Defense contractor sues company over part managed at Robins

wcrenshaw@macon.comMarch 7, 2013 

WARNER ROBINS -- A defense contractor is suing another company about a disputed part repaired at Robins Air Force Base and used in testing aerial surveillance radar.

New York-based Advanced Testing Technologies, with offices in Warner Robins, is suing the M&T Co. and its parent company, Pennsylvania-based CDI Corp., for more than $3 million.

The lawsuit, filed in federal court in Macon on Tuesday, alleges a former Advanced Testing Technologies employee who was fired went to work for M&T Co. and used protected trade secrets to repair the component. The repair work was done at Robins.

The lawsuit states the component, a phase noise measurement module, is used in testing Boeing E-3 Sentry Radar, which is part of the Airborne Warning and Control System. The system provides aerial combat surveillance.

According to the lawsuit, the Air Force contracted with Advanced Testing Technologies, the original manufacturer of the disputed part, to produce 10 new replacement parts for at least $3 million.

The component is part of the Benchtop Reconfigurable Automatic Tester, which is managed at Robins.

The lawsuit states Advanced Testing Technologies built three of the new replacement parts, and then the Air Force canceled the remaining seven because it said it could repair the older modules.

Advanced Testing Technologies alleges its former vice president of engineering, Robert Buckley, was fired and then sued the company. As a part of a settlement, the lawsuit states, Buckley agreed not to use any trade secrets from his employment with Advanced Testing Technologies.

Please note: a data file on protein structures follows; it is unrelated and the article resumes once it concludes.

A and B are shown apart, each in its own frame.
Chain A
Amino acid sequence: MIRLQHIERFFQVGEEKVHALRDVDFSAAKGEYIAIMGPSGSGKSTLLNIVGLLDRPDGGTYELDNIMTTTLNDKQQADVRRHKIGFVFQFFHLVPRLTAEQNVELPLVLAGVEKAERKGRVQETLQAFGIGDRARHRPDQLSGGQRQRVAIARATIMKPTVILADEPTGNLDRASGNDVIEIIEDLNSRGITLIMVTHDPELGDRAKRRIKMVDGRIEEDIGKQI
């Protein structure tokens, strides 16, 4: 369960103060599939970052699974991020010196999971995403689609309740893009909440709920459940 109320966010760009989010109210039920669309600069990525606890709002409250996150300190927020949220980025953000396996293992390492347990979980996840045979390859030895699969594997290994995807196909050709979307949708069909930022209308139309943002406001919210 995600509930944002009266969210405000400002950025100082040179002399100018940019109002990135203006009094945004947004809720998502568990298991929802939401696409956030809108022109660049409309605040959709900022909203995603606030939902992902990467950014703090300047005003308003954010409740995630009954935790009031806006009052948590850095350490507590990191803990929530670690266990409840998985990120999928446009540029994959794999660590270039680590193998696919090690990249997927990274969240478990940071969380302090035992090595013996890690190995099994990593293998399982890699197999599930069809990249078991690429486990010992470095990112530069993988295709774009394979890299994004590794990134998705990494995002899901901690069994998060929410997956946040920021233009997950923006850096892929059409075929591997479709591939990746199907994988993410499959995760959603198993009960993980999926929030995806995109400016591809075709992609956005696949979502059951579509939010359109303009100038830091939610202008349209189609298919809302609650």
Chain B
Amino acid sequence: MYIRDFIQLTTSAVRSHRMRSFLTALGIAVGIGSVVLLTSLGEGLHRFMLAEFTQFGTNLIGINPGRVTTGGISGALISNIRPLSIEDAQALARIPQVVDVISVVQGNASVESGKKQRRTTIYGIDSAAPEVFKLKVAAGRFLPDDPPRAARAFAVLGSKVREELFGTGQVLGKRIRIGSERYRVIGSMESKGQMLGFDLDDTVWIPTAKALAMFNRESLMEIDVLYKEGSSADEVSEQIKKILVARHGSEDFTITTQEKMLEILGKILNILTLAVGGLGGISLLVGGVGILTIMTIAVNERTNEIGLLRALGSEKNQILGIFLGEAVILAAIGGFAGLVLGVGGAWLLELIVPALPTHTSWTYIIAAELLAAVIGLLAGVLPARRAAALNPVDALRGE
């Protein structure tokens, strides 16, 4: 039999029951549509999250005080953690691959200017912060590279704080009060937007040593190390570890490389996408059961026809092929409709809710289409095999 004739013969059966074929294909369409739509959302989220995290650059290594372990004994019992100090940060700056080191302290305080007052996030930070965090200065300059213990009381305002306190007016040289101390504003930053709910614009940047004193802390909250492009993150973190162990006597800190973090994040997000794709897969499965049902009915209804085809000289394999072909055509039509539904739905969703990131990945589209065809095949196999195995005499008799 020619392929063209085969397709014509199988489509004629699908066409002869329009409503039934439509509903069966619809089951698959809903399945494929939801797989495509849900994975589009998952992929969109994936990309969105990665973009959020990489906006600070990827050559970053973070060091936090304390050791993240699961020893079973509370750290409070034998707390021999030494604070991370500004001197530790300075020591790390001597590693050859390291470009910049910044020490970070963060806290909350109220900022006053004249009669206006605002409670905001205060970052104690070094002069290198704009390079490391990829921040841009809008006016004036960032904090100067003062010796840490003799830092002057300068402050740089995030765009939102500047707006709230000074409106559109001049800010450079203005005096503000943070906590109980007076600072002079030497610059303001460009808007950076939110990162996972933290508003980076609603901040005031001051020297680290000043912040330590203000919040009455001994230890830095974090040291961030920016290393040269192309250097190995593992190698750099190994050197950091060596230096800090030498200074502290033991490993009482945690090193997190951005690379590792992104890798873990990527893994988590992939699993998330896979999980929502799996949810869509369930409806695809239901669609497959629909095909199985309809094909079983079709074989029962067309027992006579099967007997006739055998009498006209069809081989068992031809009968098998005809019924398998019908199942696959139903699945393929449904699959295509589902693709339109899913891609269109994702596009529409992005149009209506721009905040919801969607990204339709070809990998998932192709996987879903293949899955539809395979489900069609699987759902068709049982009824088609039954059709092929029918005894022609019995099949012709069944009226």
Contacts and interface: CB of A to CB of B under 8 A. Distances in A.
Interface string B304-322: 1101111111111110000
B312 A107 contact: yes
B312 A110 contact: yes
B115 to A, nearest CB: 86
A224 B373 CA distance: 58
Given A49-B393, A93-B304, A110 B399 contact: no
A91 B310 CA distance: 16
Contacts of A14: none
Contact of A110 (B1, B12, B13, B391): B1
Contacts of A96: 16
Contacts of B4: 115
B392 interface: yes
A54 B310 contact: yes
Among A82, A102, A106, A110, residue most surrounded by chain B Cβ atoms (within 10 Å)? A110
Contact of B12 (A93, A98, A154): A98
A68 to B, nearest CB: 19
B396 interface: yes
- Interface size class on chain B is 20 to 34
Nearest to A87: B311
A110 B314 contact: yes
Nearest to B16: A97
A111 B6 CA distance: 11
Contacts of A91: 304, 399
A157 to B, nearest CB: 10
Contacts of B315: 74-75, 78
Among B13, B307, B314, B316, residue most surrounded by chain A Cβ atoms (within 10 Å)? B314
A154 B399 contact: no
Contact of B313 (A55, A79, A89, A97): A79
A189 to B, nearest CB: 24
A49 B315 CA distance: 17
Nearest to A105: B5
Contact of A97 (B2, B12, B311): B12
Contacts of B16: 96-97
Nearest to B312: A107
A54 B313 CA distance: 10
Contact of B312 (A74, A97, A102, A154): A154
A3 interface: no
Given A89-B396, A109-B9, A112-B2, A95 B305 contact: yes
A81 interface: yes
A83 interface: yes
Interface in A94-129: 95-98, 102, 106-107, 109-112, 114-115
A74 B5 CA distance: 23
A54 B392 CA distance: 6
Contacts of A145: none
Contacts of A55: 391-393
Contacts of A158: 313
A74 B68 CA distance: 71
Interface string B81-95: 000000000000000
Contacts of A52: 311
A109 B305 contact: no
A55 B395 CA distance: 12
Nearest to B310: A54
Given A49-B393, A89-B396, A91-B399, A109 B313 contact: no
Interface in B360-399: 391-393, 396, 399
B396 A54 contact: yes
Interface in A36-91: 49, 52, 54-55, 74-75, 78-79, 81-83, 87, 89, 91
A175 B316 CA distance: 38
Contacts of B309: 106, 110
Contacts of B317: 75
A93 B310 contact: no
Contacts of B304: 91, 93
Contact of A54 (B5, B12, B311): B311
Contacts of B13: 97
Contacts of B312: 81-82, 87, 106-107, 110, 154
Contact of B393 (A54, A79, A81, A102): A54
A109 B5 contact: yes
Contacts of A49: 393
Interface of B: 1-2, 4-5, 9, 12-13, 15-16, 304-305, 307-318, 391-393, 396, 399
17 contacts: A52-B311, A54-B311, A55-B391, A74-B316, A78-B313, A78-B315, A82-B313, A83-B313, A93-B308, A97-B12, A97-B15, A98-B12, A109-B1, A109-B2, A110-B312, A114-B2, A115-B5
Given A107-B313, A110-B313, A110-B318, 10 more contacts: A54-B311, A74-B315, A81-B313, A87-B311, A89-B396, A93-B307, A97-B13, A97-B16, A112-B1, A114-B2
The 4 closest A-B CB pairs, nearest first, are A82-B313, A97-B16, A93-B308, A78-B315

However, the lawsuit alleges after going to work for M&T Co., Buckley began repairing the disputed part at Robins. As a result, the lawsuit states, the Air Force canceled the remaining contract with Advanced Testing Technologies.

The lawsuit also alleges the repaired parts do not meet mandatory specifications, which is the reason why the parts were to be replaced rather than repaired in the first place.

The lawsuit states Buckley could only have repaired the parts by using documents and trade secrets from his employment with Advanced Testing Technologies.

The lawsuit asks for a judgement of at least $3 million, plus attorneys fees and punitive damages. It also asks for a trial by jury.

Attorneys for Advanced Testing Technologies did not return phone calls for comment.

A phone call to M&T Co. was not returned.

To contact writer Wayne Crenshaw, call 256-9725.

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